Liverpool Queensway Road Tunnel Visit

There are three transport tunnels which link Liverpool, under the River Mersey, with the Wirral. The oldest is the Mersey Railway tunnel, opened in 1868 from Liverpool to Birkenhead. The Kingsway Tunnel, better known locally as the Wallasey Tunnel, opened to road traffic completely in 1974.

The middle tunnel, both in age and physical position, is the Queensway Tunnel, the road tunnel known to all locally as the Birkenhead Tunnel, which opened in 1934. Anyone from the Merseyside area will tell you the Queensway tunnel was opened by King George V and the Kingsway Tunnel was opened by Queen Elizabeth II.

Merseytravel, the operators of the tunnels, take small groups for tours of the Mersey tunnel in Liverpool. The tour guides showcase the ventilation system and original control room in Liverpool before the tour then descends deep underground. After a quick view of the traffic in the Liverpool tunnel, the tour then heads deeper for some more surprises.

The meeting point for the Mersey Tunnel tour is at the South West Corner of the ventilation shaft in Georges Dockway, a couple of roads back from the world famous Liverpool Pier Head.

On this page, my virtual tours (just like Google Street View) have red borders. The pictures on the tour were taken on 9th February 2023 which was led by Billie and Phil, a very knowledgeable pair with a never ending supply of comedy lines in between the factual bits. They were excellent.

The Liverpool ventilation shaft in Georges Dockway, seen from The Strand.

The Liverpool ventilation shaft, seen from the top of the Liver Building amongst the building of the Pier Head.

The Control Room

The original control room maintained safety in the tunnel from its opening in 1934 to relatively recently. The replacement control room uses networked sensors rather than having each sensor hard wired to a reporting position on a physical control board.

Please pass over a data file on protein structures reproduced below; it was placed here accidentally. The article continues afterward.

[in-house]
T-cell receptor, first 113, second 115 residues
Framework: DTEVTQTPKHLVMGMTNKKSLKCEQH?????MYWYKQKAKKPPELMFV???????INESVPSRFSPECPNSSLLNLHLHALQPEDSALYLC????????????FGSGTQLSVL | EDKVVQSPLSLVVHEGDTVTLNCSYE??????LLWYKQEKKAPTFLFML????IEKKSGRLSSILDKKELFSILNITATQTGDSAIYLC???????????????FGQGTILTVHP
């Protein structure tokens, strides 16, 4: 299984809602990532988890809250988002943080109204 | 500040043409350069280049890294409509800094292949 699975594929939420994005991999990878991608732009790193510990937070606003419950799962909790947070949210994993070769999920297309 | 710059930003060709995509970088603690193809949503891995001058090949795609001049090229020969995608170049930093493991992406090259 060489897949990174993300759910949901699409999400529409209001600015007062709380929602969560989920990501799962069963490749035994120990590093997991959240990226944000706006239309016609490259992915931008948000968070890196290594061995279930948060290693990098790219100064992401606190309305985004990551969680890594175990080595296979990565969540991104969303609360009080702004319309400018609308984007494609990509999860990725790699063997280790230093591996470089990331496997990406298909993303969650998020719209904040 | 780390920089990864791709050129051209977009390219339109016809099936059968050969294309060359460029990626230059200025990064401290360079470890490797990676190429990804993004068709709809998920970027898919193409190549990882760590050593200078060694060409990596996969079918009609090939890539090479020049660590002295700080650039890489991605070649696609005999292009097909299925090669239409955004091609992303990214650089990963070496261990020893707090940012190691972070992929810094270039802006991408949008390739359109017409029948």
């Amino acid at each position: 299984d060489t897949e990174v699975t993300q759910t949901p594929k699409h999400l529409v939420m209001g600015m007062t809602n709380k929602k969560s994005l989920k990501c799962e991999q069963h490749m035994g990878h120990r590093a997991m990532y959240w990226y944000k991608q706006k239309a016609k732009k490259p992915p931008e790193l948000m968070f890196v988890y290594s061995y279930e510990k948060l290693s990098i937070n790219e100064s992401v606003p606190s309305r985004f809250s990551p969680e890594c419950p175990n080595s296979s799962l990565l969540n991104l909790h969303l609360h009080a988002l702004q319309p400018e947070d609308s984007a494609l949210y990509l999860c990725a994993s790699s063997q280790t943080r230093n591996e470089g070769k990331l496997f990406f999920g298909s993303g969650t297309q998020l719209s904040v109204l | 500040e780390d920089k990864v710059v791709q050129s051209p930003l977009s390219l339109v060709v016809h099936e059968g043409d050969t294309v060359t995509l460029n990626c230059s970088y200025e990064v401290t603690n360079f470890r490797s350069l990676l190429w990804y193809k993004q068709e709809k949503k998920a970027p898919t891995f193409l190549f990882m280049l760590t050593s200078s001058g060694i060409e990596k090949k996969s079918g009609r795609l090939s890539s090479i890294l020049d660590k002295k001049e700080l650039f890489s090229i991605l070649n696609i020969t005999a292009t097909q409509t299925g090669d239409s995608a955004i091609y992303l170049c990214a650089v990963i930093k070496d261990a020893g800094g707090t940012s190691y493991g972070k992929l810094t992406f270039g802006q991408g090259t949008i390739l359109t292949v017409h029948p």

The Incident Log Books For The Tunnel

The books had been left open at mid-May in 1986 when a car had a barrier at the toll booth come down on its roof before it had driven through after paying.

Fresh Air Intake

The grey panels slid apart to reveal the impeller of the fan.

Vehicle Exhaust Fume Extract

What goes in clean, must come out, and so it is the same with the dirty air from the tunnel.

Air Locks

Throughout the ventilation shaft the airflow was controlled by air lock doors.

The Original Dock

Several of the buildings in Liverpool’s Pier Head use old docks as their foundations. Through some portals, the old walls could be seen and the tidal water heard below.

From Shaft To Road Tunnel

The ventilation shaft is not above the tunnel, but off to one side. A series of small horizontal tunnels connects the shaft to the road tunnel.

The Road Tunnel

Through the green doors of the horizontal tunnel lay the main road tunnel. Local buses are the only large vehicles now allowed through the tunnel. The buses have to stay in the second lane so they are in the largest part of the tunnel when it comes to going round the steep corners.

Tunnel Cross Section

The road tunnel is actually only half the story – or perhaps half the circle would be a better description.

The other half of the tunnel, as shown in the cross section, is below the road deck.

Staircase To The Tunnel

From the green doors in the horizontal tunnel, another door to the side opened up on a steep staircase going down to the half of the tunnel the road users never see.

Tunnel Fresh Air Duct

Part of the tunnel below the road way carries the fresh air the length of the tunnel.

The Tram Tunnel

Beneath the road deck, the roof in these pictures, is the space in which trams were intended to run through. After objections from the railway and ferry companies who feared a drop in passengers, the idea was abandoned.

The space is now used to carry a 6,000 volt electricity cable and fibre optic communication cables across the river. The breeze block building is one of the refuges built to keep tunnel users safe in the event of a major incident which forced the evacuation of the tunnel.

The Refuge

The seven refuges were built following the disastrous 1999 Mont Blanc Tunnel fire. The Mont Blanc tunnel was also a single tube (bore) which left survivors with no escape from the inferno and smoke. At one end of each refuge there is a ramp from road level down into the refuge. At the other end, a door opens into the tram tunnel.

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